These changes create:
So scientifically it is very true that the individual is powerless. The substances themselves continually short out the circuits in the brain that are meant to give people control. The recipe requires genetic predisposition and environmental elements, but everyone is technically susceptible depending on these variables.
Step 2- Came to believe that a Power greater than ourselves could restore us to sanity.
Breaking down the wording of the step one could infer:
- Sanity- sound judgment
- Insanity- repetitive behavior despite the harm
Poor judgment, or “insanity,” could be a cause of unusual substance seeking behavior despite risk of harm. These decisions are made worse by environmental factors including:
- Drug availability
- Non-nurturing parents
- Social-economic burdens
The individuals sanity also may be impacted by their relationship with a “power greater than themselves.”
In this case, let us look at relapse. The prefrontal cortex and cingulate gyrus are critical areas involved in relapse regulation. Impaired neurochemical functioning of these regions obstruct recovery and induce relapse, typically due to:
- Toxic substances
- Toxic behaviors
Understanding the molecular biology of the brain reward system highlights the importance of positive input from a fellowship such as the 12 Steps offer. Positive input from peers can offset unwanted gene expression. Ultimately, this can enable an individual to achieve a state of sanity and make right choices. The power greater than yourself can simply be the environmental element of your recovery.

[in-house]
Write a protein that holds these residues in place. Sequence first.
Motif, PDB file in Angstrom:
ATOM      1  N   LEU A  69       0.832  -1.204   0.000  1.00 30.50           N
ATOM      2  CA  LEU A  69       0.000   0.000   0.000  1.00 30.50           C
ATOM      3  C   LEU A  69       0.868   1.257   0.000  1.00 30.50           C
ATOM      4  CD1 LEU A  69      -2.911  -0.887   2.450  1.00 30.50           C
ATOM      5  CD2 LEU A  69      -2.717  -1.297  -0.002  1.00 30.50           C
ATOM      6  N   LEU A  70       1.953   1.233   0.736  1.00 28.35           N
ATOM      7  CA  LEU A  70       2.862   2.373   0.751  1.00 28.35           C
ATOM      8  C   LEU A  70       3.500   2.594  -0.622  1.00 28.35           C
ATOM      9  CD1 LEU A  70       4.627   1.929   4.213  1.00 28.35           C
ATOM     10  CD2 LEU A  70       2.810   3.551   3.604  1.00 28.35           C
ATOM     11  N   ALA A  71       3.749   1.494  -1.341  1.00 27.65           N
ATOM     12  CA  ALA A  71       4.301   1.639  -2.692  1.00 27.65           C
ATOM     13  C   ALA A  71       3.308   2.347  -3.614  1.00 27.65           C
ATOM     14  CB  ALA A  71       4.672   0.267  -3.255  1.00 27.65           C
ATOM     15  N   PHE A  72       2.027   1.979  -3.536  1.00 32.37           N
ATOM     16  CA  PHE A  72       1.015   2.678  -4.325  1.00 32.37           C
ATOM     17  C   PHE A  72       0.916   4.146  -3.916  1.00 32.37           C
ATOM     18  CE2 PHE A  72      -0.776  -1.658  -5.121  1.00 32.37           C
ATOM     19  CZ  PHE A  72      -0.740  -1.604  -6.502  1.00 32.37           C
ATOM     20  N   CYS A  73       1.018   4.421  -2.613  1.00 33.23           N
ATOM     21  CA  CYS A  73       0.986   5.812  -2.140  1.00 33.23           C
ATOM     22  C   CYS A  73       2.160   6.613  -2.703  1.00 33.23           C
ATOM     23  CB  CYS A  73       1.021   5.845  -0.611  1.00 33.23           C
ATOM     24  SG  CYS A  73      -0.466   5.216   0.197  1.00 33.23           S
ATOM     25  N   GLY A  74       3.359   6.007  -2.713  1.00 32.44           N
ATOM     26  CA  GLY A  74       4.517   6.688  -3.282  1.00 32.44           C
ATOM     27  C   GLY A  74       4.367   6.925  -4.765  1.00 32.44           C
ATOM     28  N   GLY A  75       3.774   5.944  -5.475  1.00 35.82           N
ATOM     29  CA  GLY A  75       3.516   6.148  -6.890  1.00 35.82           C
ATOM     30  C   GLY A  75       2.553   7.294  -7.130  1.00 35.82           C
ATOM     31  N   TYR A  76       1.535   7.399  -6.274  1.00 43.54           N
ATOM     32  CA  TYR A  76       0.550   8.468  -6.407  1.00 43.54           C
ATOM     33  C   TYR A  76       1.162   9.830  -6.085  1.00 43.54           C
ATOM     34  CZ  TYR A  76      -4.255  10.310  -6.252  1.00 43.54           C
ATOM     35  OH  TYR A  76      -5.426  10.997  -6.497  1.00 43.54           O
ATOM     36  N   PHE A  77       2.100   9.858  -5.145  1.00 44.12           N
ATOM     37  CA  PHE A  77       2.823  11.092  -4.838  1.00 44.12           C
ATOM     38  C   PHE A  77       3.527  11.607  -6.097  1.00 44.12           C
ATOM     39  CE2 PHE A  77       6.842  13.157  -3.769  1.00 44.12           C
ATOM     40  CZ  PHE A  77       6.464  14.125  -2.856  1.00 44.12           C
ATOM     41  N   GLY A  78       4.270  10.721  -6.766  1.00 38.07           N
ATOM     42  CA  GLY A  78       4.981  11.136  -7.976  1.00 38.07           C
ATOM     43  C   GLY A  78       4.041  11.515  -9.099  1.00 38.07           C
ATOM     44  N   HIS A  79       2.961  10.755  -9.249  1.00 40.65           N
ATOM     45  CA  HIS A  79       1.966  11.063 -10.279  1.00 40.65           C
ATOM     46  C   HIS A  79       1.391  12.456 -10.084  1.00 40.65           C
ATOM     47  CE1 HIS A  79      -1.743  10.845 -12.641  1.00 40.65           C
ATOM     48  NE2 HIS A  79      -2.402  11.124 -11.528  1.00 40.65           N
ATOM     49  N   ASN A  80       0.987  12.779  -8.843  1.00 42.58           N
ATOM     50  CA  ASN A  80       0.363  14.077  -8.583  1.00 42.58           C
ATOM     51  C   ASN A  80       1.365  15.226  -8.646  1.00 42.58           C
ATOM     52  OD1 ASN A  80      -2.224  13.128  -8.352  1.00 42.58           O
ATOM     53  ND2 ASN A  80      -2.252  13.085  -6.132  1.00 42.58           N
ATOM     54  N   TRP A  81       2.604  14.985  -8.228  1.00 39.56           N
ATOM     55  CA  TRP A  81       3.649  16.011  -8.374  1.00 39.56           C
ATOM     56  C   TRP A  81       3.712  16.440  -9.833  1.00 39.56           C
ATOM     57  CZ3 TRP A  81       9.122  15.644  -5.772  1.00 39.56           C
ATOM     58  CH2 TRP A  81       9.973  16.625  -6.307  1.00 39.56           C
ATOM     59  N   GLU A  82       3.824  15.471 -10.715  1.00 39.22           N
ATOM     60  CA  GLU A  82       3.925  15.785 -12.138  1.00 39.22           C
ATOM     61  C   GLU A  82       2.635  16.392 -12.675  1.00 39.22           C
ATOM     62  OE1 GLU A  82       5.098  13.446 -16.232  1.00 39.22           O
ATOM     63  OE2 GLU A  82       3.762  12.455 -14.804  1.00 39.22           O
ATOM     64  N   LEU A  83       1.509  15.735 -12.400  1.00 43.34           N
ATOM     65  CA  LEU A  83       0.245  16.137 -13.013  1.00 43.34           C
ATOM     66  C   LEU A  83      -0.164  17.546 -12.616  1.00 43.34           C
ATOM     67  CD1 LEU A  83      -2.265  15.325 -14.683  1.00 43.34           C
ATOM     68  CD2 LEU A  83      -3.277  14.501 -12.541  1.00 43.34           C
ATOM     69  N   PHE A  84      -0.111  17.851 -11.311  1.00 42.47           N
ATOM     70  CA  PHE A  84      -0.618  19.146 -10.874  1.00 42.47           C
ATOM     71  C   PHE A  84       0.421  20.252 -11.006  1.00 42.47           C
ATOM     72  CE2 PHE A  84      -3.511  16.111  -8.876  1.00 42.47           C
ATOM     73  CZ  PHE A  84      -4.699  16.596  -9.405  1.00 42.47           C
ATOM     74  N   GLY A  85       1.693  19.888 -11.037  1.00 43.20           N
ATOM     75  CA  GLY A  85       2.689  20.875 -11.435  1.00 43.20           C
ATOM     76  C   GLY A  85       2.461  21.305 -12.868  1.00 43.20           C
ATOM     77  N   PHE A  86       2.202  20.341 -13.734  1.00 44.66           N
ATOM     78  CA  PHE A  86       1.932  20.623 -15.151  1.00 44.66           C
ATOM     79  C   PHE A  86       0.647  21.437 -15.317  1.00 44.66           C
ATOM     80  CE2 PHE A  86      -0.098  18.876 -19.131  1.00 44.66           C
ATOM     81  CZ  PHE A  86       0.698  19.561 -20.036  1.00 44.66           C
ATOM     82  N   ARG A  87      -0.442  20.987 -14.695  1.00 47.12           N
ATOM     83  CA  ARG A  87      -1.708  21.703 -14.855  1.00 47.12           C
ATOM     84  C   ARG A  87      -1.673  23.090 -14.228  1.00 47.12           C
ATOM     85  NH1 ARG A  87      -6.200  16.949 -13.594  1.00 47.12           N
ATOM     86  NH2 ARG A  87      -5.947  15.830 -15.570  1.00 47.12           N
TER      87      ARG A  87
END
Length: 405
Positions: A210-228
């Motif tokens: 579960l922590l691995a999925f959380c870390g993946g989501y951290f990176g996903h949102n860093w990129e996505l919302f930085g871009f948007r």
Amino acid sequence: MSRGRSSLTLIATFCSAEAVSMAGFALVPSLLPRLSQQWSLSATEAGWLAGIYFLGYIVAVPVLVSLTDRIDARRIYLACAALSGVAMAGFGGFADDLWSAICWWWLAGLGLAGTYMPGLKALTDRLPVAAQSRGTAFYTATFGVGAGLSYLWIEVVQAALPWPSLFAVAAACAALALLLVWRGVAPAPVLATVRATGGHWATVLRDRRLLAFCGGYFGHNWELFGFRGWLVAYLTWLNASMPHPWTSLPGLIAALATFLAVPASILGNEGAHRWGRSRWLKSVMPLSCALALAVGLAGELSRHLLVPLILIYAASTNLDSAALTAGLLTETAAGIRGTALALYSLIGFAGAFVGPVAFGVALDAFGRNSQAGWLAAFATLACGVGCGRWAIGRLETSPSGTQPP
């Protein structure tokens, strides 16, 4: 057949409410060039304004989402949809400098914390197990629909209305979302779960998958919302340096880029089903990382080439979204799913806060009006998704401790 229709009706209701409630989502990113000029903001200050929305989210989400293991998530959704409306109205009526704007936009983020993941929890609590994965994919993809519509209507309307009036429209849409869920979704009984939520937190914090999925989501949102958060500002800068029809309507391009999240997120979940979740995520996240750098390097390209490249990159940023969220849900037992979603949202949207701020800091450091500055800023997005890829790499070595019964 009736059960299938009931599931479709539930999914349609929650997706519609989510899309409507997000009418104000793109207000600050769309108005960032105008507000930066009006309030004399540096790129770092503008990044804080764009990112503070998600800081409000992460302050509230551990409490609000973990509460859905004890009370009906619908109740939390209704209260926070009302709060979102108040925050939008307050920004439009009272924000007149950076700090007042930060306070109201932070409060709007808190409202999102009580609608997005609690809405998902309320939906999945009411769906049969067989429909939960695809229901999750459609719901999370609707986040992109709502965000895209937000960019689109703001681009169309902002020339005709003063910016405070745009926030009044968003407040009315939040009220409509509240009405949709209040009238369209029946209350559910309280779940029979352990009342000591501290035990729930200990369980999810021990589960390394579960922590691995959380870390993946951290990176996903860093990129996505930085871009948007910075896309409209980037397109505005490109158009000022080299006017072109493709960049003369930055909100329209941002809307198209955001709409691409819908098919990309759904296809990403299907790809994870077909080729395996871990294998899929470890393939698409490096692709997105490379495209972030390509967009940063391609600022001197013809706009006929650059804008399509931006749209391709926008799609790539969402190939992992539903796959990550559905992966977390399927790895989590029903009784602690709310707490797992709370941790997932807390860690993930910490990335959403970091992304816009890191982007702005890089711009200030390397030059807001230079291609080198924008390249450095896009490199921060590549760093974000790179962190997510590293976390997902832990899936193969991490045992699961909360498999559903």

Step 3- Made a decision to turn our will and our lives over to the care of God as we understood him.
Will-power is extremely difficult to regulate in individuals born with a compromised reward system and low levels of endorphins. Will-power is based on both the interplay of genes and environmental elements in society, such as stress or shock. Early stress can cause substance use disorders in adult life as seen with epigenetic effects on Glucocorticoid receptor express.
Because the hard wiring of our brain’s reward circuitry is so difficult to override, it only makes sense the recovering addict seems obvious to look for reward outside of our genome. So in this step, the idea is to turn that focus away from drugs and toward something such as the fellowship or a spiritual path.
Step 4- Made a searching and fearless moral inventory of ourselves.
Fearless moral inventory must include the drug of choice and other Reward Deficiency Syndrome (RDS) related behaviors. A particular drug or behavior is not the only element of an addiction, it includes a range of observable characteristics resulting from the interaction of its genotype with the environment..
However, the inventory cannot be labeled as “right” or “wrong” because it their own evaluation of self. To understand that there are genetic and environmental aspects to addict means to understand that blame and guilt are not conducive to true self-appraisal.